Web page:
An abundance of evidence proving vaccinations do not lead to autism has surfaced; more than a dozen studies, as well as trend data from California and other states show mercury containing preservative Thimerosal or MMR vaccine does not cause autism (Allen, 2009, p.A18). Parents need to realize that the benefits outweigh the risks when it comes to vaccinations, and that evidence stating that autism can develop from MMR vaccines has been proven wrong. Parents need to get their children immunized to ensure they`re safe and live long, healthy, lives.

References

Allen, A. (2009, May 12). Junk science has a new cover girl. National Post, p. A18.

Autistic spectrum disorder: No causal relationship with vaccines. (n.d.). Retrieved May 31, 2009, from http://www.cps.ca/english/statements/id/pidnote_jun07.htm

Condon, L., Evans, M., Freeman, E., Grizzell, M., Mullen, R., Stoddart, H., (2001). Parents’ perspectives on the MMR immunisation: a focus group study. Retrieved May 31, 2009, from http://www.pubmedcentral.nih.gov/articlerender.fcgi?artid=1314147

Crocker, R. (2009, April 3). Vaccinations cause what?. Retrieved May 31, 2009, from http://www.beausejourreview.com/ArticleDisplay.aspx?e=1509404

Canadian Paediatrics Society. (2007, June). ASD: No casual relationship. Retrieved May 31, 2009, from http://www.caringforkids.cps.ca

Gardner, A. (2009, February 12). Court says vaccine not the cause of autism. Retrieved May 31, 2009, from http://health.usnews.com/articles/health/healthday/2009/02/12/court-says-vaccine-not-the-cause-of-autism.html

Madison, P. (2009, January 23). Rare sickness kills child; officials urge vaccination. Retrieved May 31, 2009, from http://www.cnn.com /2009/HEALTH/01/23/hib.vaccine.cdc/          index.html

Pytel, B. (2009, December 3). Parents avoid vaccinations: autism fears – Doctor fined $10,000 for helping parents. Retrieved May 31, 2009, from http://student-health-issues.suite101.com /articlee.cfm/parents_avoid_vaccinations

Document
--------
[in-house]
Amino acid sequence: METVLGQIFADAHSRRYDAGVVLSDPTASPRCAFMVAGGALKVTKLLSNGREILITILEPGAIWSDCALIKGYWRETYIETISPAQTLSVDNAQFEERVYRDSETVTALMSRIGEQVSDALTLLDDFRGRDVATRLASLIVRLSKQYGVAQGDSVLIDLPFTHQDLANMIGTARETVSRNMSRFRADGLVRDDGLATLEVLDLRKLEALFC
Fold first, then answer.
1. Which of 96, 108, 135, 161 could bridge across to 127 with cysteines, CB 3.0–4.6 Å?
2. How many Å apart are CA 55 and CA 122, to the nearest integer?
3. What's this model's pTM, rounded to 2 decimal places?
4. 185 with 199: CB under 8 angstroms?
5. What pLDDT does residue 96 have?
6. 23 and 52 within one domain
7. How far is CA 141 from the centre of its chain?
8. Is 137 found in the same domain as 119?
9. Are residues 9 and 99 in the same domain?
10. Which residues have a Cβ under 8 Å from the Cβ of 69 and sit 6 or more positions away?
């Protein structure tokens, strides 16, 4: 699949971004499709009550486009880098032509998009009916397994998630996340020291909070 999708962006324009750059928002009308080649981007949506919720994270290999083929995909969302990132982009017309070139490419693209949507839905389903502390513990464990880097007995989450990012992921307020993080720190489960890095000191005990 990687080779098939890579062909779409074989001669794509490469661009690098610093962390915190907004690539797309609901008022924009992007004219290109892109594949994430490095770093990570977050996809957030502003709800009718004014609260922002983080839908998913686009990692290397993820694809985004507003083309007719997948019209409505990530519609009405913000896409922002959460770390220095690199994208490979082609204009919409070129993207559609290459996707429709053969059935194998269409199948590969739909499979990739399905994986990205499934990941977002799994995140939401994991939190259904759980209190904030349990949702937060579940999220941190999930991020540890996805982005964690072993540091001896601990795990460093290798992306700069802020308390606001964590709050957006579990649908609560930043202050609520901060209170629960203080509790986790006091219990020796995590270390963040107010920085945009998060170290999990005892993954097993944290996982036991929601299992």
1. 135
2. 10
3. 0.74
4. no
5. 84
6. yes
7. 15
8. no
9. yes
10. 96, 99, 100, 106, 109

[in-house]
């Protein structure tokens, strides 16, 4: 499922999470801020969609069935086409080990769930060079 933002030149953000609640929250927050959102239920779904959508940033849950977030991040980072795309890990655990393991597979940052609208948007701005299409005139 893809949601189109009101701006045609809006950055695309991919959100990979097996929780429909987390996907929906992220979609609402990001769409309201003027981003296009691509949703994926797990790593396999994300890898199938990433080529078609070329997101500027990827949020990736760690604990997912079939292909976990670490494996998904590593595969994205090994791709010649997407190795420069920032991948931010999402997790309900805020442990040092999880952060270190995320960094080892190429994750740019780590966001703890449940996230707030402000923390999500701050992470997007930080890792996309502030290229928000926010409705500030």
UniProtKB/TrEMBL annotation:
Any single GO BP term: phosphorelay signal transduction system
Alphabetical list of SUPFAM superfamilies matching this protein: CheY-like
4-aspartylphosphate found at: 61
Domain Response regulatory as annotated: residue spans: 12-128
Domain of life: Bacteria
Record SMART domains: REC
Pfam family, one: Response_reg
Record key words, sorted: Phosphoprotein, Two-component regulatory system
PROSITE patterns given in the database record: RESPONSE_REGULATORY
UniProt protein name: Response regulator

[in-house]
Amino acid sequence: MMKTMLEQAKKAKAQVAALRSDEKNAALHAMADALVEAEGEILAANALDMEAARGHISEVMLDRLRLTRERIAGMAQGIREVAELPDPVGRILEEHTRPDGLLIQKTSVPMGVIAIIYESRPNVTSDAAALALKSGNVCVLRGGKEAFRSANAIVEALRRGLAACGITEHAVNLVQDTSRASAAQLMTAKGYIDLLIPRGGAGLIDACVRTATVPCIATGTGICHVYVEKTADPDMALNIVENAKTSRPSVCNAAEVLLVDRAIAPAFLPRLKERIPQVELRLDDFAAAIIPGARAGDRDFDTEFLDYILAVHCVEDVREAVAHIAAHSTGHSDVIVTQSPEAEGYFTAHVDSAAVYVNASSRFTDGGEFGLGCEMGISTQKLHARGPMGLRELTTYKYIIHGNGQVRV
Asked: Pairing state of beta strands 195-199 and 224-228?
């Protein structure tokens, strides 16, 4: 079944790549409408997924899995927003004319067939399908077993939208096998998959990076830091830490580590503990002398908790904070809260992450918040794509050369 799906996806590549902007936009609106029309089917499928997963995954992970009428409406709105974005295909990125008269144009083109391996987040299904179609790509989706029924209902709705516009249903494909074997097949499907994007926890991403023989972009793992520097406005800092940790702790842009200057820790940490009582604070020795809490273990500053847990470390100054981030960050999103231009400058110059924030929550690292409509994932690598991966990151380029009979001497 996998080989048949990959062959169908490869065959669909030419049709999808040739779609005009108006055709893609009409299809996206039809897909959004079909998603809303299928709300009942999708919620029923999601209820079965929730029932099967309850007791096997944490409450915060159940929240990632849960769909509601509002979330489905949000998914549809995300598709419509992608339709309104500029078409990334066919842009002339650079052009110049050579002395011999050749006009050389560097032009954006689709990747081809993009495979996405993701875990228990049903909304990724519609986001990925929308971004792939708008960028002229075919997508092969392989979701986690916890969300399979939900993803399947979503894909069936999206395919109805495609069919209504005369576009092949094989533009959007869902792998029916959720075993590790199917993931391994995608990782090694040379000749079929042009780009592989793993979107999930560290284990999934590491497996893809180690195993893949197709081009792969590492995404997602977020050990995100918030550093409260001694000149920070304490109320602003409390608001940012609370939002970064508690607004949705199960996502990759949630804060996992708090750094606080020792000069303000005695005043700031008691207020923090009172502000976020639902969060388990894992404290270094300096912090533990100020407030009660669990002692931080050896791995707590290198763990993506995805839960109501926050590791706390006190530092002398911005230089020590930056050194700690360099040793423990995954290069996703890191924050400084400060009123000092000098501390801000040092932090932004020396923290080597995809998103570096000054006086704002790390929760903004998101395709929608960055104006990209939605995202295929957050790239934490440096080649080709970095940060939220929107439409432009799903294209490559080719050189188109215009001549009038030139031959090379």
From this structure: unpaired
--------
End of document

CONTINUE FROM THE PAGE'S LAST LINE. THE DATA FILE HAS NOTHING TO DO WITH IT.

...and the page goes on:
Rose, D. (2009, March 16). Case against Dr Andrew Wakefield, who linked MMR and autism, to cost over £1m . Retrieved May 31, 2009, from http://www.timesonline.co. uk/tol/ life_and_style/health/article5913324.ece

Rubin, D. (2008, August 7). Fanning the Vaccine-Autism Link, Retrieved May 31, 2009, from http://www.neurotodayonline.com/pt/re/neurotoday/abstract.00132985-200808070-00005.htm;jsessionid=KvvLPv1nmHvHCsnW8qJTPHntCTTD7s8fwtGyysCWwpPQns2n4v92!-1260103914!181195628!8091!-1


[1] A case study was done by Condon, Evans, Freeman, Grizzell, Mulldn, and Stoddart, in 2001 to investigate what influences parents’ decisions on whether to accept or refuse the primary MMR immunization and the impact on the recent controversy over its safety. The study consisted of forty eight parents, whose youngest child was between 14 months and three years old. These parents attended groups at community halls in six locations in Avon and Gloucestershire, Britain. Three of these groups were immunizers, the other three non immunizers.  The study concluded that parents wanted up-to-date information about the risks and benefits of MMR in advance of their immunization appointments, and many parents didn’t have confidence in their health professionals.